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In Search of a Safe Place

In Search of a Safe Place

14.09.2015
In Search of a Safe Place

60 Million People are on the run or have been displaced worldwide. Elderly people rarely decide to leave as they do not want to be a burden to others. A visit to the Armenian Red Cross Society in Yerevan/Armenia.

Elena used to be a soldier for the Russian Army in World War II. She proudly shows us her faded photographs on which she shows us the medals she received for her military service. She did not only have to leave her medals behind, but all her belongings too. Today, she herself is a refugee who had to flee during the war between Armenia and Azerbaijan (Karabagh Conflict). Other refugees arrive from the Syrian city of Aleppo.

Elena and other 120 refugees have been accommodated in a run-down factory site. If possible, people call their relatives that have stayed home. “I then hear my sister cry for minutes, I am lucky that I am here”, says Elena.
“The living circumstances of elderly people is an issue that has been neglected in the current refugee crisis. Elderly people live under circumstances, which would be unimaginable for us.”

Aging at a foreign place

The integration of refugees and refugee families is a big challenge in the Caucasus region and also here in Armenia. Yet, Armenia favourably takes on its refugees and provides them with the opportunity to settle permanently. This certainly is related to the common history, as most refugees are of Armenian background, though have been expulsed from their homelands a century ago. Austrian Red Cross and the Austrian Development Agency (ADA) jointly support projects that help evolve development co-operations.

Despite of an unemployment rate of 25%, refugees are allowed to work in Yerevan. Employment does not only give them the opportunity to meet their living expenses, but also gives them the sense of being needed in the country. In order to create a livelihood, 80 families receive employment assistance and equipment relevant to their profession. For example, a baker by trade receives an oven to establish a base for his/her family’s livelihood. Distribution of winter clothes, household utensils and sanitary products are other important areas of support. People, who suffer from chronic disease, are provided with medicine. Great importance is also laid on frequent visits to vulnerable people.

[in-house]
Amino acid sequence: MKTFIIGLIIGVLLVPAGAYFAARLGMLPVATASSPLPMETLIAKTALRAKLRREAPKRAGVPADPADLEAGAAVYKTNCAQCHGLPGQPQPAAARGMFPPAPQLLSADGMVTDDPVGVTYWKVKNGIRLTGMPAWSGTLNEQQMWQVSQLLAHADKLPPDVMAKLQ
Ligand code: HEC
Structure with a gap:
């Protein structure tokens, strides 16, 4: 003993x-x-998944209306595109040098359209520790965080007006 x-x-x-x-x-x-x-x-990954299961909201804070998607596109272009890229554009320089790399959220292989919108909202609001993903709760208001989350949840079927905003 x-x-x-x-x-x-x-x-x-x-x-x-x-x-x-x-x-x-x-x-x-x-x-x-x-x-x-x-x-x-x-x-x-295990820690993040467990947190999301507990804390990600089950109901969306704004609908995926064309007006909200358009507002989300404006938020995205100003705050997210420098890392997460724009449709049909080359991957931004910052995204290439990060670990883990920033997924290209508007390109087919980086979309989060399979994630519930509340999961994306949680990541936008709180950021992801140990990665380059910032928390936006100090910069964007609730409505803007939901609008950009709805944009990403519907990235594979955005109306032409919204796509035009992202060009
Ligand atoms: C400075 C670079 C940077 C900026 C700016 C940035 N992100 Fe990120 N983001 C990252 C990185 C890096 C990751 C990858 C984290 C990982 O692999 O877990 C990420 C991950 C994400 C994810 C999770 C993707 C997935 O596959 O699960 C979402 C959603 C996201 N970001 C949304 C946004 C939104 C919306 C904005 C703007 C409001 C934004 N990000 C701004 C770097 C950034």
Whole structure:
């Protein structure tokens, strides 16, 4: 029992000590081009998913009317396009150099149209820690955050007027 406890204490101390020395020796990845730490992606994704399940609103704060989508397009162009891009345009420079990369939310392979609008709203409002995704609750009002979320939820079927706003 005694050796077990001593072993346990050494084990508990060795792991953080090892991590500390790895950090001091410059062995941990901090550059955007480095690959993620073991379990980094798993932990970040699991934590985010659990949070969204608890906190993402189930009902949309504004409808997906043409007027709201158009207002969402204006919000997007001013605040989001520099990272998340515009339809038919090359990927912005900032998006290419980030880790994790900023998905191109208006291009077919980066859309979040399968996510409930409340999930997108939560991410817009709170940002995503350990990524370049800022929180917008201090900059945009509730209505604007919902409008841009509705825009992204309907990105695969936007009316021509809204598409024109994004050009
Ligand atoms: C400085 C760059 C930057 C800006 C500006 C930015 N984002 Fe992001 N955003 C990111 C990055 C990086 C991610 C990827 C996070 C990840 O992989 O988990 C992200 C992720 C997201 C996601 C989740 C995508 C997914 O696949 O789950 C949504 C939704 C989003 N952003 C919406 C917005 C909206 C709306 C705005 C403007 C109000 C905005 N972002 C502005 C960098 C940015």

Red Cross Volunteers visit elderly and frail people on a weekly basis. We meet an elderly couple, both being over 90 years of age. The couple has not been able to leave their 10m2 home since four years due to their frailness and immobility. They spend their days in remembrance of a long and hard life as peasants. Nevertheless, you can see their eyes shine when you’re listing to their stories from the past. If in winter, the temperature at home drops to -25°C, the small oven is put on for a couple of hours. During night, their blankets need to be sufficient.

Young volunteers are an important pillar of Red Cross’ humanitarian work. Haykuhi is 22 years old and wants to become an actress or a singer. Twice a week, she visits the run-down building at the outskirt area of the city and devotes her time to elderly people with great empathy and passion. “Each time I come for a visit, I leave in the evening with gratefulness! These people look back at an eventful life and it is a great gift for me to listen to their stories.” The young humanitarian dedicates her time and devotion to the elderly – a deed which is important for maintaining the old people’s dignity.

The Young Help the Elderly

Thea is 82 years old and is, unmistakably, still a dignified lady. Her neat appearance and the red lipstick almost look like an extreme contrast in this surrounding – yet, these apparent details show her will of survival. When she recently celebrated her 82nd birthday, she solely had one wish: the young volunteers should get her some red nail polish and polish her nails with it. She had to give away her elegant high-heals a long time ago. Now her feet are swollen and she struggles to stand up.

“Often, the elderly give us valuable advice for our lives!” says Haykuhi. “Today I told her about an argument I had with my boyfriend. She listened to me for a long time while nodding and in the end told me that ‘it’s not worth to grief about love!’ She smile like a young girl when she gave me her advice”.